The Rite of Communion is a preview or foretaste of the “wedding banquet of the Lamb.” But just a preview. For Christians the time of rest does not begin until the Kingdom is established and the “grace of the Lord Jesus Christ” enlivens every member of the human race who will accept it. Christ has to be brought to “full stature” in every individual and in society as a whole. So the foretaste of the “peace and unity of the Kingdom” and the joy of the wedding banquet makes the Rite of Communion a launching. It sends us out to invite the whole world to the banquet and to reform those social structures that impede their acceptance.

We go out from Mass filled with peace to establish peace. That is the final plea of the alternate Opening Prayer: that “all our efforts may be filled with your peace.”

A burning fire

Jeremiah 20:7-9 seems to be complaining: “You have seduced me, O Lord” (other translations: “duped,” “enticed”). But he continues: “I let myself be seduced.” Jeremiah wants what God gives, but he can hardly stand it!

The “word of the Lord”—what he knows of God’s intentions, based on what he knows of God’s “name”— drives him to speak. If he delivers God’s message, “I become a laughingstock all day long; everyone mocks me.” If he doesn’t, it “becomes like fire burning in my heart... I grow weary holding it in. I cannot endure it.”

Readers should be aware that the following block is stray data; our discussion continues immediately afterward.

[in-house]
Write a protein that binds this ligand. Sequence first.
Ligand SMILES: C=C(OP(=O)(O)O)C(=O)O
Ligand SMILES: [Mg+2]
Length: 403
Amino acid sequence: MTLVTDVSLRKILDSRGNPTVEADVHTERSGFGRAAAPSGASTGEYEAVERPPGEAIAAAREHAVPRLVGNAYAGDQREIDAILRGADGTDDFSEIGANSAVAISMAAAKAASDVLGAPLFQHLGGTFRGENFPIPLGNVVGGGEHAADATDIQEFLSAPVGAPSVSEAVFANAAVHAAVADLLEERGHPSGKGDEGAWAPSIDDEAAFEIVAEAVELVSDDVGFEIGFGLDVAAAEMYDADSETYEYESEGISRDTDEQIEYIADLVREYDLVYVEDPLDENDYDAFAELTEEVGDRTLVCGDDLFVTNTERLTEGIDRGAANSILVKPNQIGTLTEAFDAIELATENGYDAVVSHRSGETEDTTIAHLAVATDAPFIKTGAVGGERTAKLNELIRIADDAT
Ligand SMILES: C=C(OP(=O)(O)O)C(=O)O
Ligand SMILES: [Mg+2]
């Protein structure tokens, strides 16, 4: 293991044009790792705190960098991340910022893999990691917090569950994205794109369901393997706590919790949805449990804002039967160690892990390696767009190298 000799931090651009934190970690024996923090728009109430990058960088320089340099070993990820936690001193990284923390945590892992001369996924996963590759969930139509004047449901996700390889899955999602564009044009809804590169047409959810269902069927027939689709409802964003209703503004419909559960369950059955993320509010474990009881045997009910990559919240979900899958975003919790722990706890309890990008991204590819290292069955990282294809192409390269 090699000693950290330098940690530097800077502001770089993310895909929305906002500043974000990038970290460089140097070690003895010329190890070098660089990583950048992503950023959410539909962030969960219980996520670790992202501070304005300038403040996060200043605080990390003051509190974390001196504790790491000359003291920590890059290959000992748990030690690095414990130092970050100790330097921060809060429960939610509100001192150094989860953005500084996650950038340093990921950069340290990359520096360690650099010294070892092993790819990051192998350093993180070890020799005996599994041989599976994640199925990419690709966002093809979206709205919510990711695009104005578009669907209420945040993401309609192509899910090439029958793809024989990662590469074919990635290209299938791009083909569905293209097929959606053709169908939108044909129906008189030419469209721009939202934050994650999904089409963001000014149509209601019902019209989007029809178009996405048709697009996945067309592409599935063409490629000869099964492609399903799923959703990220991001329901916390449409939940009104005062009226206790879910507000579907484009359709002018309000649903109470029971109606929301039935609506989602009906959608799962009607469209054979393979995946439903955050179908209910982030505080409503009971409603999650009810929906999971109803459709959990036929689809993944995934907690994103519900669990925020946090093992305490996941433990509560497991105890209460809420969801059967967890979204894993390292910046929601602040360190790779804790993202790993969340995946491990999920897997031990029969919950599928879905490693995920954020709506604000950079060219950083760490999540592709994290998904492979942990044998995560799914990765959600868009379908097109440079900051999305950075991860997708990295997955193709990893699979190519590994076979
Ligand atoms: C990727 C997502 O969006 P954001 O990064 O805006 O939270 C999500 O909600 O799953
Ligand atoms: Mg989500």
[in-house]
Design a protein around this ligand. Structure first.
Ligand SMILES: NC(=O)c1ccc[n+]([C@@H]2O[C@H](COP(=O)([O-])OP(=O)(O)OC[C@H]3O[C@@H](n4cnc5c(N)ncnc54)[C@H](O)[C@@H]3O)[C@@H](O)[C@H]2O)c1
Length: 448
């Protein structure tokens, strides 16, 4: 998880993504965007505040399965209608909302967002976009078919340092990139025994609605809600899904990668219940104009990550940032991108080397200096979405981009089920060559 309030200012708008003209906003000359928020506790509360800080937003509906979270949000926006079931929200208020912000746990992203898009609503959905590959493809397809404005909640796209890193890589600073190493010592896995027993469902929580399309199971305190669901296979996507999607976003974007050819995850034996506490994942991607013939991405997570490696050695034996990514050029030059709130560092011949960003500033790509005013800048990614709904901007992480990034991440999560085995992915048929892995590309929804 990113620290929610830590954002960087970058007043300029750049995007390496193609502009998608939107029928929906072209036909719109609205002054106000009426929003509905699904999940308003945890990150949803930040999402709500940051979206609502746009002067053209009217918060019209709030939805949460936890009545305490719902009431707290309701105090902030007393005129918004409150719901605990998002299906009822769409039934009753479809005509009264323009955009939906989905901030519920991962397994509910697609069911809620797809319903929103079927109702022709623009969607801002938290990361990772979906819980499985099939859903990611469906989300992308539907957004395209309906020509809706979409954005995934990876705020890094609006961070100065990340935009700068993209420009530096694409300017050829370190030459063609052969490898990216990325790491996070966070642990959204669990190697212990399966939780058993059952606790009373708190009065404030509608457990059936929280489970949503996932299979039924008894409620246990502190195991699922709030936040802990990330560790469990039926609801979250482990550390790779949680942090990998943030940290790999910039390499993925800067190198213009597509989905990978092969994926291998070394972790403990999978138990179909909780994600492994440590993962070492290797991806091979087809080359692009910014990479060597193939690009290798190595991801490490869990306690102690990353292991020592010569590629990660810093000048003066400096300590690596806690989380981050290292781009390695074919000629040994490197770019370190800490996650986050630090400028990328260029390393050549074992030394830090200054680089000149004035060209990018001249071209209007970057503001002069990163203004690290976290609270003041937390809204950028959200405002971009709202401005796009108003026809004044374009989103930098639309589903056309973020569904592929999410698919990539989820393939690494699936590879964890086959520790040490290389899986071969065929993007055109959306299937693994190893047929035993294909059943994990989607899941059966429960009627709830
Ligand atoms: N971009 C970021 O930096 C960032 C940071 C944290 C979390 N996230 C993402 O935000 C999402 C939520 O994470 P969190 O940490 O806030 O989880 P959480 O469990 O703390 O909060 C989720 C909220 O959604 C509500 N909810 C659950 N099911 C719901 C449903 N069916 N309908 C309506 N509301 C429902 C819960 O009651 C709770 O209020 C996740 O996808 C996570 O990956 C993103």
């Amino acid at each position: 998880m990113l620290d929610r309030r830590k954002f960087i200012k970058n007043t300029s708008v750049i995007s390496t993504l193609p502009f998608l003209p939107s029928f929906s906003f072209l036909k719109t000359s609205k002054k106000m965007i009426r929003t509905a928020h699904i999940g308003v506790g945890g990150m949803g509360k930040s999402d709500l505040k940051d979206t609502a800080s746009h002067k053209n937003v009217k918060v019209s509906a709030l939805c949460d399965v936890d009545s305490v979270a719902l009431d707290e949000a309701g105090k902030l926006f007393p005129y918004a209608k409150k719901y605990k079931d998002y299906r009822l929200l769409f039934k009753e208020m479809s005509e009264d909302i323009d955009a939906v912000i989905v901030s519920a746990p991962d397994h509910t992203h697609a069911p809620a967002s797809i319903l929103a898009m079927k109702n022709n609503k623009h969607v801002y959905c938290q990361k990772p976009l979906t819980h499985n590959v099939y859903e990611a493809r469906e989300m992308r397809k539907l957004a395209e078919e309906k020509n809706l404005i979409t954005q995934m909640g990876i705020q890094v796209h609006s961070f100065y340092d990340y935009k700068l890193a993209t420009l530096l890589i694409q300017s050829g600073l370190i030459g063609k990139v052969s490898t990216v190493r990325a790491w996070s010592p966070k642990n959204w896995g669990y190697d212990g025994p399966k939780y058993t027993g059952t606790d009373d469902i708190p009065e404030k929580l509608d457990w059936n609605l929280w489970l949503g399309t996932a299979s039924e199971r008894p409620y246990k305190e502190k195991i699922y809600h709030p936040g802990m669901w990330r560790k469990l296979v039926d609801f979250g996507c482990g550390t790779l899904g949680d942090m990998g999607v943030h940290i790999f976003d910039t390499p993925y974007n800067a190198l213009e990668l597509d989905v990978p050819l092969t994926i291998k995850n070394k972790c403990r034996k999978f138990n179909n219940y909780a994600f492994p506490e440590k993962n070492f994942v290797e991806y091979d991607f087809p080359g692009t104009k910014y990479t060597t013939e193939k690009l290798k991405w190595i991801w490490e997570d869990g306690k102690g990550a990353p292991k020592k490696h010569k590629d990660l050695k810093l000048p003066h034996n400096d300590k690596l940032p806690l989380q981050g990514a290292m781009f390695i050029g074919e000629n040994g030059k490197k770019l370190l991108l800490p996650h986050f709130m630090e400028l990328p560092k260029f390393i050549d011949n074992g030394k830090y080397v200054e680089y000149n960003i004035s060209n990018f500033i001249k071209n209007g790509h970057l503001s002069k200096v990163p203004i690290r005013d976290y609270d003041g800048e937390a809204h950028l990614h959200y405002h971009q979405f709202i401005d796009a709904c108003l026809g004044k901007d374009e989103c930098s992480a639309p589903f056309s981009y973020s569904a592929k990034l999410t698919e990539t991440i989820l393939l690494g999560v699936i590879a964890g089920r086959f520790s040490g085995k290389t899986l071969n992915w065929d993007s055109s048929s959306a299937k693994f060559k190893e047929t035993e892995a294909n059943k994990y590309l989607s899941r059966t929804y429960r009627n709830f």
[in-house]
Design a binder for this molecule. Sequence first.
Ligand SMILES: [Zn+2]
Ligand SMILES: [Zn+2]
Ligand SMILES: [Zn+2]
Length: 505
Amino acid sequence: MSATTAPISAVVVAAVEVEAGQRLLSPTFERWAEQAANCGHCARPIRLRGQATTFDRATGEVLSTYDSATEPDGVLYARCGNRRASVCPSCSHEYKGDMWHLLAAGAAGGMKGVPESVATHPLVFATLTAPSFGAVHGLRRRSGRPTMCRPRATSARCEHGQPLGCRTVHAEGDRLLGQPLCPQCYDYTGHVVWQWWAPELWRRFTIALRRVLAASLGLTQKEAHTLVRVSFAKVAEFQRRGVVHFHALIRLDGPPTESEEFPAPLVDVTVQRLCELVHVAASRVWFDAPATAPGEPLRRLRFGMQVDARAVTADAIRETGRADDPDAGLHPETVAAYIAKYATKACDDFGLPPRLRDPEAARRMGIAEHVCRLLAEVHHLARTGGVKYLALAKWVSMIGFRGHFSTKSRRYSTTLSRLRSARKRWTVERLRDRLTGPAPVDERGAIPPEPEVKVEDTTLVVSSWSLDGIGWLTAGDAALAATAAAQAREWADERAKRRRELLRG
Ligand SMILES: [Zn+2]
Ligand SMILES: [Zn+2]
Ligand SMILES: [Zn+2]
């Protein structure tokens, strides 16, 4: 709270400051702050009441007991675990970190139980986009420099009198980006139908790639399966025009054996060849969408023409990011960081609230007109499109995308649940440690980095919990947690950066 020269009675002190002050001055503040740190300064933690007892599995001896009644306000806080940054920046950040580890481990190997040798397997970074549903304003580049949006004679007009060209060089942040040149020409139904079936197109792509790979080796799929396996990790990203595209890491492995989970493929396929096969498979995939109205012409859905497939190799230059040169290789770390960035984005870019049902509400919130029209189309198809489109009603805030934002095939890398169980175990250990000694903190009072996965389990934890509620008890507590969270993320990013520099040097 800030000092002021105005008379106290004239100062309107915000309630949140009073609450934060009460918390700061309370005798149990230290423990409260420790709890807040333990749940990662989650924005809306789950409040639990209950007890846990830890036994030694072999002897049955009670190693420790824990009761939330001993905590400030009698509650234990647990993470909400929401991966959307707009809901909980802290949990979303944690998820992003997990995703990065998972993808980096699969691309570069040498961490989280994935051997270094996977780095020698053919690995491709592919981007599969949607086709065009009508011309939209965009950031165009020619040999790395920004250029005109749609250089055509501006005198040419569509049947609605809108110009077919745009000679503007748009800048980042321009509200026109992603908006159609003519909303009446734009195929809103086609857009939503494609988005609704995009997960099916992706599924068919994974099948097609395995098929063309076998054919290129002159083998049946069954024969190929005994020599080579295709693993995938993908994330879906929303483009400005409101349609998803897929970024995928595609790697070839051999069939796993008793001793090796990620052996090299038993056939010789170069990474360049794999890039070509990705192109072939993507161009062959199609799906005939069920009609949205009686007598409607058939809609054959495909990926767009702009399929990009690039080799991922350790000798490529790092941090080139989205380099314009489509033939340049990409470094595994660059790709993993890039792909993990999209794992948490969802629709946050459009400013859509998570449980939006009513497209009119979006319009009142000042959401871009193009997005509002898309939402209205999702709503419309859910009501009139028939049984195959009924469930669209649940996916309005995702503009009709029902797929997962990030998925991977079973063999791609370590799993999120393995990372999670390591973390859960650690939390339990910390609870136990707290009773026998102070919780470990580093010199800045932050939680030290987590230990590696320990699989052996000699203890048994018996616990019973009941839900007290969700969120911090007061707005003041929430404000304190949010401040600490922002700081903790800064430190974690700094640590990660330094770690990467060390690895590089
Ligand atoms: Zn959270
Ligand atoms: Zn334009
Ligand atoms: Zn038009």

God is like that: he seduces us. Most people are drawn by desire to receive Christ’s body and blood in Communion. But if we think about what we are doing—“the cup of blessing that we bless, is it not a sharing in the blood of Christ?”—this blessing implies death! To receive Christ’s body and blood means we accept the Covenant sealed in that blood. We accept everything expressed in Christ’s sacrifice on the cross, which we have just made present in the Mass. It means we accept our Baptism, which incorporated us into the body of Christ offering himself in that sacrifice—and incorporated us as offering ourselves with him and in him: our “flesh for the life of the world.”

“Present your bodies”

To receive Communion is to ratify our Baptism and all it implies. We accept again the baptismal formula Paul makes clear in Romans 12:1-2: “Present your bodies as a living sacrifice...”

When we gave our bodies to Christ at Baptism, we gave them to be his body. Henceforth, wherever our live bodies are, we are “sacrificed” to doing his will—or better, to letting him do with us, in us, and through us whatever he desires.